Ultimately, this is unsurprising considering the agency is run by pharmaceutical insiders, the industry provides funding directly to the agency, and the agency often uses studies sponsored by drug companies to make its determinations. What continues to be surprising — however often the disparity is raised — is that same agency’s refusal to consider cannabis a potential medical treatment, even as it approves synthetic pharmaceutical versions of the exact same substance.
3. The Dakota Access Pipeline Has Already Sprung a Leak — Despite months of protests expressing concern that the highly-contested pipeline could threaten environmental safety and water resources, the project was pushed through and demonstrations were violently suppressed. On Wednesday, however, it was revealed that the pipeline leaked 84 gallons at the start of April. Though this is a relatively small amount, the pipeline is not even operational yet. The Department of Environment and Natural Resources did little to announce the spill to the public, instead opting to simply issue a report on its website. Pipeline leaks run rampant around the country, and according to a recent report from KCET, there have been over 740 leaks just in North Dakota in the past year alone. That amounts to a leak or spill every 11 hours and 45 minutes.
4. Cop Sues After Being Fired for Not Shooting a Suicidal Man — A former cop is suing the city of Weirton, West Virginia, after he was fired for not shooting a man who was threatening to kill himself. According to former officer Stephen Mader, a former Marine, “To tell a police officer, when in doubt either shoot to kill, or get fired, is a choice that no police officer should ever have to make…” The suicidal man, Ronald J. Williams, had been begging officers to shoot him, and another officer eventually did so, ending his life and preventing Williams from ever receiving mental health treatment. Mader also alleges that after Williams was killed, the city of Weirton waged a campaign to discredit him and his performance on the job prior to the shooting. Considering police shootings still occur daily in the United States — whether because the victim is mentally ill, the wrong race, or simply toting a toy gun — Mader’s story highlights the grave lack of accountability many violent officers still face, as well as the struggle many well-meaning cops face to remain virtuous in a barrel of bad apples.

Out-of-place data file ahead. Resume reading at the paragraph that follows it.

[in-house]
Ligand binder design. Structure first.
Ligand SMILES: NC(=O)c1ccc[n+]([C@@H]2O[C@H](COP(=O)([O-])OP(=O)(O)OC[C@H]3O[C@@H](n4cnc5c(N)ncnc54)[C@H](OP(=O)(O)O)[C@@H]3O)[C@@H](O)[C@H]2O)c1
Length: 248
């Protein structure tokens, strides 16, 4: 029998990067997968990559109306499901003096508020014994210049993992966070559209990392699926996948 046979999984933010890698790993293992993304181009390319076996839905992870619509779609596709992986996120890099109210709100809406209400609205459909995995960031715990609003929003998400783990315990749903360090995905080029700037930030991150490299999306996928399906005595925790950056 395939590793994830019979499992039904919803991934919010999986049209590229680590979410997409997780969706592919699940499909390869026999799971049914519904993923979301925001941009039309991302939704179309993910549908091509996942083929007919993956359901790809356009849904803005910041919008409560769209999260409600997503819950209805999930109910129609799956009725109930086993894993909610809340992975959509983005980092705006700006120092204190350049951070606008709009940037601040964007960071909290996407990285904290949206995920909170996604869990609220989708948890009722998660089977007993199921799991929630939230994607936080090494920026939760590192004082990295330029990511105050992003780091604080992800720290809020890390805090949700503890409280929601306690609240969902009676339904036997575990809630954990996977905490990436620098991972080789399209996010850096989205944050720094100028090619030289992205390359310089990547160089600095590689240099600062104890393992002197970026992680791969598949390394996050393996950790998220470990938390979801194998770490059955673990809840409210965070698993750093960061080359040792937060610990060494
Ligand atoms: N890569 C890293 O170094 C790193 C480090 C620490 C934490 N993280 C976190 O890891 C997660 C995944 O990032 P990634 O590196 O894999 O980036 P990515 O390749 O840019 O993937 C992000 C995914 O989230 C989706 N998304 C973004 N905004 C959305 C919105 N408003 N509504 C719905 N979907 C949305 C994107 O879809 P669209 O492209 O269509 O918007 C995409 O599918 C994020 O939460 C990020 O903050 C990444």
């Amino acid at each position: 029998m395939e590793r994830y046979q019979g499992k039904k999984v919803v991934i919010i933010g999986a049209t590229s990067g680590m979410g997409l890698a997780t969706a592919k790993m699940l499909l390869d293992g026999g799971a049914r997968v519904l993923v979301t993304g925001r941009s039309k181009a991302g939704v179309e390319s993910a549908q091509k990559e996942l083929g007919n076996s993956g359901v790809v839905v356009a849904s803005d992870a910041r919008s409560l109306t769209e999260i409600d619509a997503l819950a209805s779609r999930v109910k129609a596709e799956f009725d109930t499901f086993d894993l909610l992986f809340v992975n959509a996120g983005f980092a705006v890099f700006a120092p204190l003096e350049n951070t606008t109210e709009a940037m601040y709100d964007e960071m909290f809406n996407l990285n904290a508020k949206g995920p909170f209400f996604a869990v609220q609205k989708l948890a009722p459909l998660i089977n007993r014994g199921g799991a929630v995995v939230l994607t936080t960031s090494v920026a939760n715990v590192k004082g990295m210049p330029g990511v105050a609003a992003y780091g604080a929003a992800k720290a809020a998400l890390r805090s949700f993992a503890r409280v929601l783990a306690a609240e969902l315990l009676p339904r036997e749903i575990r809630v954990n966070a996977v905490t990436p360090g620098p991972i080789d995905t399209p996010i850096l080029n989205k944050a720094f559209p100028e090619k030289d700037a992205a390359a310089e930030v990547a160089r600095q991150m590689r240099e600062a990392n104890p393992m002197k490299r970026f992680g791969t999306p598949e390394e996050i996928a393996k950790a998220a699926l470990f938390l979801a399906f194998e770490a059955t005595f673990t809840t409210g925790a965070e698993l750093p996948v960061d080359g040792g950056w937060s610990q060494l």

5. NSA continues warrantless mass surveillance of millions of Americans — This story actually broke last week, but it received little attention or concern from the American public. The International Business Times summarized the findings of a recent report from the Office of the Director of National Intelligence:
“Even under the revised law, which only allows the NSA to collect call metadata about individuals who have suspected ties to terrorism, the NSA was able to gather more than 151 million phone records despite having warrants for just 42 individuals in 2016 — and just a handful more from the year prior.”
Though Americans may be continually comfortable with mass surveillance, convincing themselves they have nothing to fear because they’ve done nothing wrong, this story is particularly relevant considering the FBI, like the NSA, has engaged in spying on the public many times over. In fact, the FBI itself helped pioneer technology the NSA uses for its surveillance practices. Remember, also, James Comey’s past tirades against encryption and his insistence on total government access to Americans’ smartphones and data.
Remember, also, that the FBI Comey chaired has a track record of everything from operating a child porn site in the name of stopping child porn to concocting fake terror attacks for the sake of stopping terrorism — not to mention its transgressions throughout its decades-long history.
As the nation continues to remain fixated on the action-packed narrative between the FBI and the White House, we should all keep in mind that there is far more to be learned from the stories the media isn’t obsessing over.